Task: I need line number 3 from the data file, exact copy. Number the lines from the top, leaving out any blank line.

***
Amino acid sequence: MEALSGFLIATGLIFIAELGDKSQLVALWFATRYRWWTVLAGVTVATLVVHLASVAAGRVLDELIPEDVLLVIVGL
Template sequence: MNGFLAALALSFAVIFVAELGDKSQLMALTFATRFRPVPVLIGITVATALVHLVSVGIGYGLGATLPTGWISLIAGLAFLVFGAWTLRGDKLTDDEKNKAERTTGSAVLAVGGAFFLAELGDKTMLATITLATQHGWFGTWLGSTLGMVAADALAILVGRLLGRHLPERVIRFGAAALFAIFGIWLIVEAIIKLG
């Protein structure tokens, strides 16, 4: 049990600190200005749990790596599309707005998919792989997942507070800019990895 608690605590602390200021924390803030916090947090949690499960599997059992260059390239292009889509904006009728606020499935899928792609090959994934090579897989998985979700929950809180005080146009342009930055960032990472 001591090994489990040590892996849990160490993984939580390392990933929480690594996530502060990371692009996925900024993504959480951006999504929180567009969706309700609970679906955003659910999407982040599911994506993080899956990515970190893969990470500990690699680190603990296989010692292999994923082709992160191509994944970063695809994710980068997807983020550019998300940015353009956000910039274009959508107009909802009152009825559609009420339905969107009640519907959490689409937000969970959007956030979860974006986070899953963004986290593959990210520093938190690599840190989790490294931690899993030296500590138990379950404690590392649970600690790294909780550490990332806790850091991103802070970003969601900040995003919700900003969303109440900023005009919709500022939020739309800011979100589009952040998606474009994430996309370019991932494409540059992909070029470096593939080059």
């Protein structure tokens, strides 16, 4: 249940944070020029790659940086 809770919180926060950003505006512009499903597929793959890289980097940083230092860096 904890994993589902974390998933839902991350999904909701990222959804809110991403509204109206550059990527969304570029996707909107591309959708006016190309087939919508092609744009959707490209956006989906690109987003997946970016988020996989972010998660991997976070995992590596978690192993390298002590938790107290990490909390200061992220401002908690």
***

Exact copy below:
């Protein structure tokens, strides 16, 4: 049990600190200005749990790596599309707005998919792989997942507070800019990895 608690605590602390200021924390803030916090947090949690499960599997059992260059390239292009889509904006009728606020499935899928792609090959994934090579897989998985979700929950809180005080146009342009930055960032990472 001591090994489990040590892996849990160490993984939580390392990933929480690594996530502060990371692009996925900024993504959480951006999504929180567009969706309700609970679906955003659910999407982040599911994506993080899956990515970190893969990470500990690699680190603990296989010692292999994923082709992160191509994944970063695809994710980068997807983020550019998300940015353009956000910039274009959508107009909802009152009825559609009420339905969107009640519907959490689409937000969970959007956030979860974006986070899953963004986290593959990210520093938190690599840190989790490294931690899993030296500590138990379950404690590392649970600690790294909780550490990332806790850091991103802070970003969601900040995003919700900003969303109440900023005009919709500022939020739309800011979100589009952040998606474009994430996309370019991932494409540059992909070029470096593939080059």